Paper Assignment Instructions
For this assignment, you will write a research-based paper that focuses on obtaining and discussing the information required by Role-Play Exercise 19.2, excluding the requirement to include visual aids found in section 4. This paper should be an extensive analysis of the issues raised in sections 13, including applicable Virginia law. You must also include a biblical analysis of how serving your neighbor should motivate you when representing your client in a matter.
Length of assignment:
Length of assignment 3 5-pages
The paper must have a title page and must make use of reader-friendly aids, such as section summaries, tables of contents, indices, and appendices, when appropriate.
Format of assignment: Current Bluebook
The paper must include at least 3 references in addition to the course textbooks and the Bible. Your references must be appropriate in quality, quantity, and application to support all statements or contentions calling for support and the paper as a whole.
Note: Your assignment will be checked for originality via the Turnitin plagiarism tool.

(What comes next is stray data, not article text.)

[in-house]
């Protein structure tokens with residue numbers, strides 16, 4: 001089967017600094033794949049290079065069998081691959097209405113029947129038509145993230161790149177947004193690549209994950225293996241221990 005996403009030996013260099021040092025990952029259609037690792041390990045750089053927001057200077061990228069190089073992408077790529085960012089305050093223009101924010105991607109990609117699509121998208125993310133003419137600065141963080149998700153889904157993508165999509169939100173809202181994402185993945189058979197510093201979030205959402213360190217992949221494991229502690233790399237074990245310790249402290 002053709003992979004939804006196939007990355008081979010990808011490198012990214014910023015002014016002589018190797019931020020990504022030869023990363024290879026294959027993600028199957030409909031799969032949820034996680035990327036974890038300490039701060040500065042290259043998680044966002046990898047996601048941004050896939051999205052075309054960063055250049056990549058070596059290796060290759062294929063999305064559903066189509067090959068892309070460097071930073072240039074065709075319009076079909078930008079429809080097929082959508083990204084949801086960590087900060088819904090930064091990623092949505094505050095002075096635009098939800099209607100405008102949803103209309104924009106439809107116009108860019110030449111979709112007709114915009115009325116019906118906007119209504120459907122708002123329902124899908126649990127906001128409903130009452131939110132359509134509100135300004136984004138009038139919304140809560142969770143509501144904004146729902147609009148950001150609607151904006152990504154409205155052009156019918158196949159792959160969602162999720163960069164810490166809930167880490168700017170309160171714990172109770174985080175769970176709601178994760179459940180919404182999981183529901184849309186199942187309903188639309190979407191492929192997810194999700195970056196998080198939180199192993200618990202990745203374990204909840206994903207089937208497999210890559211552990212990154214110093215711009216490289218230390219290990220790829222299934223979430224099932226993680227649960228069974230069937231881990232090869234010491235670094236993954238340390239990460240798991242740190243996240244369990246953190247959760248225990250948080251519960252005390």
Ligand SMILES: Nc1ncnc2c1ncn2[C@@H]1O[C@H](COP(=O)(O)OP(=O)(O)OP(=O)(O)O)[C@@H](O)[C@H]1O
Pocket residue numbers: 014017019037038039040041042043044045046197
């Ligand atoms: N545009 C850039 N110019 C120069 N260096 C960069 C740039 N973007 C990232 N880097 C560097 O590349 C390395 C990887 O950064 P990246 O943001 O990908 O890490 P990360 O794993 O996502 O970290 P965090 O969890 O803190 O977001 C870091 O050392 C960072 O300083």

Role-Play Exercise 19-2 The Eviction The Players: Dorothy Williams, the client Terry Gibson, the client The attorney The paralegal Damian Fox owns and manages a 12-unit house on Pine Street. Fox contracted with Dorothy Williams and Terry Gibson by means of a document entitled, Apartment Sharing and Room Rental Lease Agreement to rent one of the apartments to them on a weekly basis beginning in March. The agreement described Fox as the landlord and Williams and Gibson as tenants. The apartment consisted of one furnished room with a bed, dresser, cabinet, table, television, couch, refrigerator, and telephone. Fox provided a set of sheets, a pillow, a blanket, and a comforter, but Williams and Gibson were responsible for laundering the linens and obtaining any other linens they needed. No bathroom, running water, or kitchen facilities were supplied in the room, so Williams and Gibson shared a common bathroom and kitchen area with the other tenants on their floor. The kitchen area consisted of a microwave, toaster oven, and coffee machine, but the toaster oven and coffee machine were not always available. These common areas were cleaned and maintained by Fox, but Williams and Gibson were responsible for cleaning their room. The weekly rental included heat, electricity, cable television service, and local phone service. Although the rooms are rented on a weekly basis, Fox stated he attempts to rent to tenants who will stay for longer periods. A Certificate of Occupancy issued by the Citys Department of Building Inspection approved the property for residence as a lodging house. By December, Williams and Gibson had fallen behind in their rent. Fox obtained a writ of possession utilizing the forcible entry and detainer procedure under state statute. Before Fox executed the writ, however, he reached an agreement with Williams and Gibson whereby Williams and Gibson were permitted to remain in the room, but agreed to continue paying their weekly rent with additional payments for the back rent due. By September of the following year, although Williams and Gibson had made some additional payments, they had also missed other payments and had fallen even further behind in the rent payments. Fox attempted to execute the writ of possession he had obtained the previous December, but Williams and Gibson were granted an injunction by the district court preventing Fox from executing on the writ, the court concluding that because rent was paid and accepted after the writ was issued, a new tenancy had been created. One evening in October, without prior notice, Fox padlocked the door to Williams and Gibsons room while they were out. Included among the possessions that could not be accessed were Gibsons epilepsy medication and his identification to refill the prescription for the medication. As a result of being unable to access his medication, Gibson went to the emergency room twice within the next week for treatment of epileptic seizures. Williams and Gibson would like injunctive relief and damages for, among other allegations, illegal eviction and intentional and negligent infliction of emotional distress. Fox has said that he wanted the rent due and incidental charges. After the interview with Williams and Gibson, the attorney and paralegal have discovered that there is an issue with Foxs contention that his property qualified as a lodging house. If this is true, then Williams and Gibson may recover on their claim of illegal eviction. Williams would like to recover $1,000 damages for her claim of intentional infliction of emotional distress, and Gibson would like to recover $5,000 damages for intentional infliction of emotional distress. Fox wants $300 for unpaid back rent.
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